Quick GrabTaxi apology over breast cancer campaign gaffe seeks to soothe consumers

Mobile taxi app comes under fire for insensitive slogan and photos as users lash out on social media

GrabTaxi today made a hasty and categorical apology over its new breast cancer awareness PR campaign #GrabitBeatit after finding itself in the midst of a Twitter storm over its treatment of such a sensitive topic.

"We apologise that it comes across as insensitive to breast cancer survivors, their families and the wider public," the company said in a statement on Twitter. "Breast cancer is not a trivial issue and we regret the taglines are not reflective of the seriousness of the issue."

Users were quick to voice their displeasure at receiving a notification from GrabCar, GrabTaxi’s private vehicle booking service, stating: ‘LOVE BOOBS? So does cancer’.

The slogan kicked off the brand’s attempt to raise awareness of breast cancer and encourage women to self-check for signs. T-shirts advertising the message followed, as well as a YouTube video titled ‘What if BOOBS didn’t exist?’ 

Consumers criticised the company for insensitivity and portraying a sexist angle on an extremely delicate issue and filled Twitter with their outrage.

 GrabTaxi has since removed the video from its campaign messages, but said it will continue to sell the t-shirts – at RM30 (US$7) each – as all proceeds will go to charity. It is still engaging with users on Twitter, thanking them for their "constructive feedback", and says it will continue the campaign.

"We chose a tagline that would capture the public’s attention, because greater awareness can save lives," GrabTaxi’s statement continued.

Tarun Deo, managing director of Golin Southeast Asia, says GrabTaxi has done well is come out quickly with a message that speaks to users’ concerns.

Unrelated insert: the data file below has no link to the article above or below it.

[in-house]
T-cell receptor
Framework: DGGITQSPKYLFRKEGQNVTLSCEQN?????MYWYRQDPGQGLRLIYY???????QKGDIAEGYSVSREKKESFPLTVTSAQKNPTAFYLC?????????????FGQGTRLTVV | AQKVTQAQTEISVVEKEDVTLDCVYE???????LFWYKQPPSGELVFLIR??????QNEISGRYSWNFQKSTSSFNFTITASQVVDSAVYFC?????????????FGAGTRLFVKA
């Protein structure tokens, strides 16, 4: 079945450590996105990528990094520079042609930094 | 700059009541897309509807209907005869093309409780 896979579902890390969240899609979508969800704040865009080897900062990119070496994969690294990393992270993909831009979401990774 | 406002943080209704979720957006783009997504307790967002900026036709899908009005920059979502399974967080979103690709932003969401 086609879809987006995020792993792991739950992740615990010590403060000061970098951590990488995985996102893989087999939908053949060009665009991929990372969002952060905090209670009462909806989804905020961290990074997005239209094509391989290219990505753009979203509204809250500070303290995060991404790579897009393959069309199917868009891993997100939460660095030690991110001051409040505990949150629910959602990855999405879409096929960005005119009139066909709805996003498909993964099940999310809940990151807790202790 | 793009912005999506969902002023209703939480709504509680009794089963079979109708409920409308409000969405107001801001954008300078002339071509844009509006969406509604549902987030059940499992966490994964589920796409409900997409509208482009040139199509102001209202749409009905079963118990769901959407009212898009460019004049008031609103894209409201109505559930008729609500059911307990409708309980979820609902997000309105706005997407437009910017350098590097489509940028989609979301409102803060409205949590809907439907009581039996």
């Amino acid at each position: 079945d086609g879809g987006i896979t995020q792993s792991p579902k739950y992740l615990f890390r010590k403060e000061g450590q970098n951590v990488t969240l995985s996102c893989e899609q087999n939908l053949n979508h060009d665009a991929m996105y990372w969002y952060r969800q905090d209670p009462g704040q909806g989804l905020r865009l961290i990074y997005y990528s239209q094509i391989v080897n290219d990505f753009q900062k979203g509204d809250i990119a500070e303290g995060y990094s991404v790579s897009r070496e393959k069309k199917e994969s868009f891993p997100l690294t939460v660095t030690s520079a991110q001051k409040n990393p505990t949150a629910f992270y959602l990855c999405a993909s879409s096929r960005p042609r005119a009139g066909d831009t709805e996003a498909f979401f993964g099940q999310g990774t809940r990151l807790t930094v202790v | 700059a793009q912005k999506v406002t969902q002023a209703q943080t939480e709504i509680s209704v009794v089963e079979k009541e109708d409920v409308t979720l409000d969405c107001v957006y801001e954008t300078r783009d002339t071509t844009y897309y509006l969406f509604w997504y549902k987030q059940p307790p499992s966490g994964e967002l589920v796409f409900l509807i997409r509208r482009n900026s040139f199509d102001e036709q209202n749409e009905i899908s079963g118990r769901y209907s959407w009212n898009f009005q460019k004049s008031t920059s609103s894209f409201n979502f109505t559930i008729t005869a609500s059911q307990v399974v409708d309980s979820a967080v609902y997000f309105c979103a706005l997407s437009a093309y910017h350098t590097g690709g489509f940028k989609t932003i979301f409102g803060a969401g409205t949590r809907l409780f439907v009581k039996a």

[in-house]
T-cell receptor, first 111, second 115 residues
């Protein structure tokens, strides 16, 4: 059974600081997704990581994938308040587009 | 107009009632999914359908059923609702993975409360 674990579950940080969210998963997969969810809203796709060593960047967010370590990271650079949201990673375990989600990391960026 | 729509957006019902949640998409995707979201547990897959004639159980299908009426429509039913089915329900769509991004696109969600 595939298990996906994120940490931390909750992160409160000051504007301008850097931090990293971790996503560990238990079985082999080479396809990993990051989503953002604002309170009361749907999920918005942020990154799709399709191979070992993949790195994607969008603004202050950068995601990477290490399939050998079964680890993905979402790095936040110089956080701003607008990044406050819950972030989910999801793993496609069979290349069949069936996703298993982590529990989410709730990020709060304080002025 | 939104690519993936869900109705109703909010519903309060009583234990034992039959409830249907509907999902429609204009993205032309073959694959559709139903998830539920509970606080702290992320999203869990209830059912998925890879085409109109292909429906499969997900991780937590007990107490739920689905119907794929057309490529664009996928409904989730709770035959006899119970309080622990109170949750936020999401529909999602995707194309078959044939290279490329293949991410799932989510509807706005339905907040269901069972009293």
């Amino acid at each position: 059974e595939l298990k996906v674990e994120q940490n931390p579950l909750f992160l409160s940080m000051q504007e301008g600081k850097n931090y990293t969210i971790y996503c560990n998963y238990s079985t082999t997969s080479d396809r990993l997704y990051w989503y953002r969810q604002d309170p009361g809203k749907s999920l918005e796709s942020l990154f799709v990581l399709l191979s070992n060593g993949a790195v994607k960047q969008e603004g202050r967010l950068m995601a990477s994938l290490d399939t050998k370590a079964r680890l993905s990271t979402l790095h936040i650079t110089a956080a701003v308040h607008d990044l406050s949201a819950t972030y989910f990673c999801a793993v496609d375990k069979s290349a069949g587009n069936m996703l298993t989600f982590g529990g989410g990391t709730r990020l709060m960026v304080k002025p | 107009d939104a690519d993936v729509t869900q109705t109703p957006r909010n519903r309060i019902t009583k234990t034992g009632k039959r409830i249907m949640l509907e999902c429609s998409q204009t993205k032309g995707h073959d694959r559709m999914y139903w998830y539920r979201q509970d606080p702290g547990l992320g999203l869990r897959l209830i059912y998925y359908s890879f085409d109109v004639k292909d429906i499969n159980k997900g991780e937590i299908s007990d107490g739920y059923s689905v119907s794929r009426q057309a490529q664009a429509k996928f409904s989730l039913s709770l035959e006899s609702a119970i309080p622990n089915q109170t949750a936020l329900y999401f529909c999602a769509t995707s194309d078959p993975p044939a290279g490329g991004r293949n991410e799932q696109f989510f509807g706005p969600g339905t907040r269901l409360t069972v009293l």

"In general - a single tactical campaign hit or miss will not make or break a firm’s reputation but this is another example of the fact that social media has democratized our business and you get instant feedback on what is good or not so good," he added.

Annabel Fox, managing director of W Communications in Singapore, says GrabTaxi’s message is "flippant" rather than sexist.

"Charities often create very shocking campaigns, but if a brand does it, and uses humour, it is certainly going to cause a black lash," she told PRWeek.

"As a PR stunt goes, of course they have generated a lot of exposure with this, in a market which is very competitive. But it is tactical rather than strategic and doesn’t fit in with their positioning of being a ‘safe & worry free ride’, so I wouldn’t think it would help to build the brand's market share in the long-term."

The key is creating commentary that is congruent with a brand’s personality, said Ray Rudowski, Edelman regional director for crisis planning and training.

"Judging from the various conversations it’s sparked, they did achieve the goal of raising discussions," he said "But those discussions appear to be about the campaign approach and not the message being delivered. It’s a gamble when your approach risks alienating the very demographic you’re trying to inspire."

Alvin Ng, creative director at FCB Kuala Lumpur said that the campaign’s intentions were good and at the ideas stage, creatives are always trying to come up with new ways to get people engaged.

"But I think that the insights is where it kind of failed. The target audience should be women because breast cancer is more prevalent for them and looked at from that perspective," he said. "They failed to spend more time to look deeper and really identify the issues."

Ng also did not know how relevant the campaign’s #GrabItBeatIt hashtag was to the intended message of trying to get more women to do self-examinations.

"If anything it came off as more derogatory than nice," he said. "And as for the t-shirts, while I think that’s a good thing because the money goes to charity, I’m not sure how many they’d sell and it’s likely that more men would buy it then women when it’s a case of wanting everyone to do so."

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